By Will Zant
"Will, your box is in the garage. Dig through it. Whatever you don't want, toss it in the trash."
This past December, my mother had me sort through all the items that she and my brother had gathered from the attic of my childhood home.
She is in the process of moving from my hometown of Jackson, Georgia. My wife, two children and I are happily living in Lawrenceville. But I do miss Jackson at times. It's been an adjustment suddenly to realize that on January 1st, I will no longer have claim to the house where I collected so many memories. I dug through that box in the garage. There were newspapers from the 1991 Atlanta Braves season, letters from my brother while he was at summer camp, an acceptance letter to college. How does one decide what to keep? Moving homes is an exercise in breaking with the past.
As a pastor, I minister to many people who are attempting to come to terms with the past. Many are coping with loss. Others hold tight to guilt. Others clinch to anger for what others have done to them. It's hard to break with the past. And yet, here we are in a New Year. One church member said to me in late November, "2016 can't get here quick enough. I'm ready to put this year behind me."
The Apostle Paul writes to the church in Philippi:
I do not consider that I have made it my own; but this one thing I do: forgetting what lies behind and straining forward to what lies ahead, I press on toward the goal for the prize of the heavenly call of God in Christ Jesus. (Philippians 3:12-14)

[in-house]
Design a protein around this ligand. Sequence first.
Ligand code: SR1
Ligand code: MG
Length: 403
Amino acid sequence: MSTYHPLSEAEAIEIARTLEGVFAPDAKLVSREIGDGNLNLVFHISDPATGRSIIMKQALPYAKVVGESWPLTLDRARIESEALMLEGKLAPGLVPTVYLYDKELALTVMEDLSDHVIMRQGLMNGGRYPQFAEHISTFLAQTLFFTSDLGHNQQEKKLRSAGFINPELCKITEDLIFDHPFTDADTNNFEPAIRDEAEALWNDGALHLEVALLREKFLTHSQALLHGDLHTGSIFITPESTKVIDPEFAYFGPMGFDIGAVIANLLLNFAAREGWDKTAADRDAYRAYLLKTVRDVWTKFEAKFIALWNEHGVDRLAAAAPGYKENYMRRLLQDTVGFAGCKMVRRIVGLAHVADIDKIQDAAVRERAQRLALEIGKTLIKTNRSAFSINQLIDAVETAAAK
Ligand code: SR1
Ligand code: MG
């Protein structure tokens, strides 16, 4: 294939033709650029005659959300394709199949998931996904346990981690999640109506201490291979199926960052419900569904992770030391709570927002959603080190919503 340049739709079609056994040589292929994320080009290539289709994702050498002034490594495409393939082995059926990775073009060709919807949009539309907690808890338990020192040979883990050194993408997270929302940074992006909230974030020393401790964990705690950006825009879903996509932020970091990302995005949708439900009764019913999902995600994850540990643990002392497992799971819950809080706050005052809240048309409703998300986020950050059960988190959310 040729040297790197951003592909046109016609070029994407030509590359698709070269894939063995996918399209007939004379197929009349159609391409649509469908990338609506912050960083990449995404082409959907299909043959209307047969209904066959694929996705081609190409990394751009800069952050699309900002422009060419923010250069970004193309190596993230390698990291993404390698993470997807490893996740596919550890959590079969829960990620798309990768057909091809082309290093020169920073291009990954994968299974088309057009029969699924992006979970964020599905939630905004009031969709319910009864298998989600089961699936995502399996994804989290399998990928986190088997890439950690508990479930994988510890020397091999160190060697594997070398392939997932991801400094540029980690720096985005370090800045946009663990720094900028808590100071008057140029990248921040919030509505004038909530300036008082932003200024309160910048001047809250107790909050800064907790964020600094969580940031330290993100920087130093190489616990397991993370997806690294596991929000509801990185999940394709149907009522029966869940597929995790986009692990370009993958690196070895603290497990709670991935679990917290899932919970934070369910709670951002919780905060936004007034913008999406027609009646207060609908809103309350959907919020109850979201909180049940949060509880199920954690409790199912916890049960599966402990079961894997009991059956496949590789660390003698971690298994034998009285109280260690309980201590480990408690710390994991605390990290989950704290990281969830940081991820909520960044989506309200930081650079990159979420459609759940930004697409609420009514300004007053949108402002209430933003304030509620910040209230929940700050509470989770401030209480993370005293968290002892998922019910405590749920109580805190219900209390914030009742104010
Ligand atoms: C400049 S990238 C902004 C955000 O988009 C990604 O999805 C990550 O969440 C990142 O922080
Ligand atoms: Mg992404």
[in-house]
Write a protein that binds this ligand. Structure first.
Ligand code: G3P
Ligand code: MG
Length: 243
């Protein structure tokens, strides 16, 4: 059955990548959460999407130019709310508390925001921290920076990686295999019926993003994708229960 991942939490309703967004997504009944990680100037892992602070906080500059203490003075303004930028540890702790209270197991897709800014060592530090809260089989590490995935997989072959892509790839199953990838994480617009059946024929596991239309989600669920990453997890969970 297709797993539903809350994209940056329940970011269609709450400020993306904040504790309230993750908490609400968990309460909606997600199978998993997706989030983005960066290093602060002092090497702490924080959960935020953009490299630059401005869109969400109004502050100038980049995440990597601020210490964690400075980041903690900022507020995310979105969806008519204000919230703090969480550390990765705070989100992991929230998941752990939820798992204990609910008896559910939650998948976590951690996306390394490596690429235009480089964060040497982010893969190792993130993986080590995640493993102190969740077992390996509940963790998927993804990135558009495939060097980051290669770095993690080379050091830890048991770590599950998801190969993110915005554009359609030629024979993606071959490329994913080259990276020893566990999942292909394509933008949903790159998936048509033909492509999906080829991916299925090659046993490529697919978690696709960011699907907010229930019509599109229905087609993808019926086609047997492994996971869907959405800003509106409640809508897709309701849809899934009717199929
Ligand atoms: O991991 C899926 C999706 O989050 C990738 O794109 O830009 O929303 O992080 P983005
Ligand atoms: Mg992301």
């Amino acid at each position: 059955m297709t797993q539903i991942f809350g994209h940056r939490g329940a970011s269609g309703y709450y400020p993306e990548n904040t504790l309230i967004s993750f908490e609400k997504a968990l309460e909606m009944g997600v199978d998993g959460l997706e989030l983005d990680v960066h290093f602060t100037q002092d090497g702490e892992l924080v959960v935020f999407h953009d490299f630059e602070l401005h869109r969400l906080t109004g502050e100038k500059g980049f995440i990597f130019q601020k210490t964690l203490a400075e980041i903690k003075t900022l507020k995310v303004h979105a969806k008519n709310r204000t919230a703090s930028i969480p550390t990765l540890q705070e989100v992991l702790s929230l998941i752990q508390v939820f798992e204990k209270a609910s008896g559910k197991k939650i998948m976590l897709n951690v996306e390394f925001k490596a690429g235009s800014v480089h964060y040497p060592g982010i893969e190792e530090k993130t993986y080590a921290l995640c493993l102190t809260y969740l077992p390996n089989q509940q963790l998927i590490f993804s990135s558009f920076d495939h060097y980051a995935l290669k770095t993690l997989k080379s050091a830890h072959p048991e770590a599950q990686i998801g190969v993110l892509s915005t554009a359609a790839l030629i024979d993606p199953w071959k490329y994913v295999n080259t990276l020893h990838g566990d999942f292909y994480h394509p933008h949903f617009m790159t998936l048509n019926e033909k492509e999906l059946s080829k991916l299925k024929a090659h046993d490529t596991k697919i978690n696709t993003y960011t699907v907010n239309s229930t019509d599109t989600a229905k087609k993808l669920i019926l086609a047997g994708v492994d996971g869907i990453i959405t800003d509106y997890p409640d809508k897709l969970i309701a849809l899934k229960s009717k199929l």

I take note that Paul had to break with the struggles of his past in order to embrace God's future. It's no easy task. In fact, Paul says he had to ‘strain forward.’
Just before Christmas, our family gathered for one more meal in our Jackson home. We swapped our favorite stories, even the sad ones. As we had hoped, we found healing in the sharing. As I pulled out of my childhood home, I took one more look at the marker where we buried our dog, the dilapidated basketball goal where we played and Jackson Lake where we swam. The heart swells in these endings.
When I arrived back to Snellville, I received a text message from my brother that we should gather for a New Years' celebration in our mother's new home. I took it as sign of God's presence for the future.
Of course, there's a sadness about breaking with the past, but we all have hope by straining forward to God's future. May 2016 be hopeful for you!
Will Zant is Co-Senior Pastor, along with his wife Blair, at Cannon United Methodist Church in Snellville. He can be reached at Willz@cannonchurch.org